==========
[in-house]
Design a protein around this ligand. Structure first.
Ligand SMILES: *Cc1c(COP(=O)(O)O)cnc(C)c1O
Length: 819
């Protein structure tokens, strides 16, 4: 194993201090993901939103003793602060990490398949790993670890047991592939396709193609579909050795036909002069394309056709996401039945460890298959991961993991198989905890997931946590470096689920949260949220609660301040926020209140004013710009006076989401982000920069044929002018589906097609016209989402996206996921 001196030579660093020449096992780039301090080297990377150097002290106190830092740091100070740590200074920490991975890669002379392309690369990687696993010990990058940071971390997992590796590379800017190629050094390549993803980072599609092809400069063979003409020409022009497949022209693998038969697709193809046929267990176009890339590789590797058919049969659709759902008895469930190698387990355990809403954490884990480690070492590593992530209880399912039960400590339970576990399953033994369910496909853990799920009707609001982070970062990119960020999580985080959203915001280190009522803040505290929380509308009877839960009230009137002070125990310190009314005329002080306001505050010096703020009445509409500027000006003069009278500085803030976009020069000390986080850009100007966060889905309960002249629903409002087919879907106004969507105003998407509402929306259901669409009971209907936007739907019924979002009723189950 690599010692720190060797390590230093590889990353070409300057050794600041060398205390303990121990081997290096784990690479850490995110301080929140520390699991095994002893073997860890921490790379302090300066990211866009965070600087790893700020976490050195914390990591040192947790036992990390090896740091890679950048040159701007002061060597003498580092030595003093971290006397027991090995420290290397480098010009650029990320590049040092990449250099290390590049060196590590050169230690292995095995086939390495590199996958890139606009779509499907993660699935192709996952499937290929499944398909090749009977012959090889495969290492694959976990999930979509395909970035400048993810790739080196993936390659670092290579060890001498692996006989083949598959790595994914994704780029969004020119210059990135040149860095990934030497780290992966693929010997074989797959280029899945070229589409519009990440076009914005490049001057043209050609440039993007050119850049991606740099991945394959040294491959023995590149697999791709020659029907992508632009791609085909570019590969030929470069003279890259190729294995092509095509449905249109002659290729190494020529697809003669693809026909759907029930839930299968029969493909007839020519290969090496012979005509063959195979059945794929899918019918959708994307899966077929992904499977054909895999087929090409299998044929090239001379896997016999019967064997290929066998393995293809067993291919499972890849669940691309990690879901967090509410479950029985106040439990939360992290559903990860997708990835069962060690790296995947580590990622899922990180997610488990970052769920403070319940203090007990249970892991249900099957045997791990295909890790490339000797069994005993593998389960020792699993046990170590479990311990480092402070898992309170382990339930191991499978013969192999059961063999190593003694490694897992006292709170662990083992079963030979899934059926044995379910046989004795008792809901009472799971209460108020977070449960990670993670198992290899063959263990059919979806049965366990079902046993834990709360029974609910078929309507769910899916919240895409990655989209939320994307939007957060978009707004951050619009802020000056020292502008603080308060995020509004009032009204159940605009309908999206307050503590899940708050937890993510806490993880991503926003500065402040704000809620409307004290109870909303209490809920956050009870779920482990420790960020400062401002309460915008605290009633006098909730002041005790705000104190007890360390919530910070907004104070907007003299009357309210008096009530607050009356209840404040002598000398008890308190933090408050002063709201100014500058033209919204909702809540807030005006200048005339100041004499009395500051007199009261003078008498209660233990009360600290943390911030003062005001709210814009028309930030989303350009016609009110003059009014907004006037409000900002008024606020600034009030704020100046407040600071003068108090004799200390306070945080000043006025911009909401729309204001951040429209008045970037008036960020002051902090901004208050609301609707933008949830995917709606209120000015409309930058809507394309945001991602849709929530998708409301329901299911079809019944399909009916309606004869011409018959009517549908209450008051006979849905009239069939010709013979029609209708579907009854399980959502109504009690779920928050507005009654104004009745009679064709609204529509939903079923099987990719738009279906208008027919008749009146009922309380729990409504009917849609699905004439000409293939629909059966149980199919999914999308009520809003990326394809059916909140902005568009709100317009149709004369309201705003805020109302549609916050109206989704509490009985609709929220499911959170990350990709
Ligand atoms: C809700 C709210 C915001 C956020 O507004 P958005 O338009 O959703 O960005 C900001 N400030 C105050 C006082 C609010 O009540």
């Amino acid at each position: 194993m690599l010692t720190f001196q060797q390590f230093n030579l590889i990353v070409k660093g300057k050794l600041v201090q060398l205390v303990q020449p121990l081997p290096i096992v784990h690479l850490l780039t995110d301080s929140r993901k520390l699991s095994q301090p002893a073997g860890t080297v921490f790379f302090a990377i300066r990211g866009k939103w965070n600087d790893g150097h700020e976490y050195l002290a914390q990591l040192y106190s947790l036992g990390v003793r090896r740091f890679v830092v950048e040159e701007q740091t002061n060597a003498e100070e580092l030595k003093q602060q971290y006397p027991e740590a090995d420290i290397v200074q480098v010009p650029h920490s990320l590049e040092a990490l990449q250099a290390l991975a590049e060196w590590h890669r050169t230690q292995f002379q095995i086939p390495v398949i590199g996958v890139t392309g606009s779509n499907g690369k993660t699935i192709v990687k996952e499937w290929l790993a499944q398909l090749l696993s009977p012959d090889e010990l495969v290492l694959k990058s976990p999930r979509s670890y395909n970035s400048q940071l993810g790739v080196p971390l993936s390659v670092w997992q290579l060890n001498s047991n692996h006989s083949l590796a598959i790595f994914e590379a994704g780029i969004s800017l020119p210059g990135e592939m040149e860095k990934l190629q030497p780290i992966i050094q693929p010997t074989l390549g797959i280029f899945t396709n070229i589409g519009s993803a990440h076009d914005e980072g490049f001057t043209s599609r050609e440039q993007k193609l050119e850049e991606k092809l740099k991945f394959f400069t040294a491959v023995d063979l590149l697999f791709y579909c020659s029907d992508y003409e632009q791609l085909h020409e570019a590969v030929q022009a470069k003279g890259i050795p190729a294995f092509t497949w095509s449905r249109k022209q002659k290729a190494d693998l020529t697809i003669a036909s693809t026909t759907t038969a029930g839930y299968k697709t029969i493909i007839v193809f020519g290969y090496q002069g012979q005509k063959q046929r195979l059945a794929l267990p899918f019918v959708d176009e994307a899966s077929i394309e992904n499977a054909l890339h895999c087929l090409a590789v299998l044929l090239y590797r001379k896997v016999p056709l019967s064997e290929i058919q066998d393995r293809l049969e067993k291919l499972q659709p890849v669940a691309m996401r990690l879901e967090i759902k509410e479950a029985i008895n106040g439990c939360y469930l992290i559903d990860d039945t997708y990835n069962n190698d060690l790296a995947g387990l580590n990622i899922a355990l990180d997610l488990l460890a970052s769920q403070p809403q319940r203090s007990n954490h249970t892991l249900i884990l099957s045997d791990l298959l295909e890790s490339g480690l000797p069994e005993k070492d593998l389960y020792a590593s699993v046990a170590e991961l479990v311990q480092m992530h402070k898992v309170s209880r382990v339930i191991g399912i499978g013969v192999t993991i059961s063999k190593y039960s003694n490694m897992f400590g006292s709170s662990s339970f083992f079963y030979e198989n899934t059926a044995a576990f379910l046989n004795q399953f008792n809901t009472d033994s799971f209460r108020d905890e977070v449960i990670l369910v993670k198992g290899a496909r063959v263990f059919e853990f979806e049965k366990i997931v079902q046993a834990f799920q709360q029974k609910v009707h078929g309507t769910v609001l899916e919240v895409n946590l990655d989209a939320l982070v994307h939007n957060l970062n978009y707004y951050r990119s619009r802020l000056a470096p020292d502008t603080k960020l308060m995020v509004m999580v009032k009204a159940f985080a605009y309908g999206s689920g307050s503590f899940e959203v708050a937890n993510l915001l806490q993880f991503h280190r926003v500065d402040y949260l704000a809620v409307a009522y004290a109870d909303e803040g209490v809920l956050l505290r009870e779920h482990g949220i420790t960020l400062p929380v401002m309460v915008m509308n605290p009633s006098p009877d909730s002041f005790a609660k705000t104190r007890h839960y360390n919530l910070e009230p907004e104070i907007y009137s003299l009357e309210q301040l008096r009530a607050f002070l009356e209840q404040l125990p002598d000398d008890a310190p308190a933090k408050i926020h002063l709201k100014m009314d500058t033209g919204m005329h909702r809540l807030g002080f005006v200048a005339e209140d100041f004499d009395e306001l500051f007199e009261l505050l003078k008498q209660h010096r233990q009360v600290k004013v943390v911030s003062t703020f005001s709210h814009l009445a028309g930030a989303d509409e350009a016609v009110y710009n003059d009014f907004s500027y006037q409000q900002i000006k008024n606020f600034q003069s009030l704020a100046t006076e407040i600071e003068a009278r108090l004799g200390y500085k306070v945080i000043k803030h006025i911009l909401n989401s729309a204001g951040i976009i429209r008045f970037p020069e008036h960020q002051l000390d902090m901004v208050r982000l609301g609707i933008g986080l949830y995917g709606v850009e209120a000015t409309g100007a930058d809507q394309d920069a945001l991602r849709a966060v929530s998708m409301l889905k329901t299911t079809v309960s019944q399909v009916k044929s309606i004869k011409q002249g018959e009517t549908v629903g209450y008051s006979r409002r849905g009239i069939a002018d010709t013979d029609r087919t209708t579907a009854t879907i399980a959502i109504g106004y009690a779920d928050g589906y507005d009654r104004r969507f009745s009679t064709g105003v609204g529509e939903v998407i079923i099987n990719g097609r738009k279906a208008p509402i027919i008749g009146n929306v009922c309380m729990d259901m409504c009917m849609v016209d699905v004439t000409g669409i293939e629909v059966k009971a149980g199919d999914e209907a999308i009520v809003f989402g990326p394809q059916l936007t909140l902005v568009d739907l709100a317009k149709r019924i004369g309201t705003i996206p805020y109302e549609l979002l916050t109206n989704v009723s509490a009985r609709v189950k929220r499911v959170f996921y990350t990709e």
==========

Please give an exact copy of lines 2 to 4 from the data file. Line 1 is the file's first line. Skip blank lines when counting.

Design a protein around this ligand. Structure first.
Ligand SMILES: *Cc1c(COP(=O)(O)O)cnc(C)c1O
Length: 819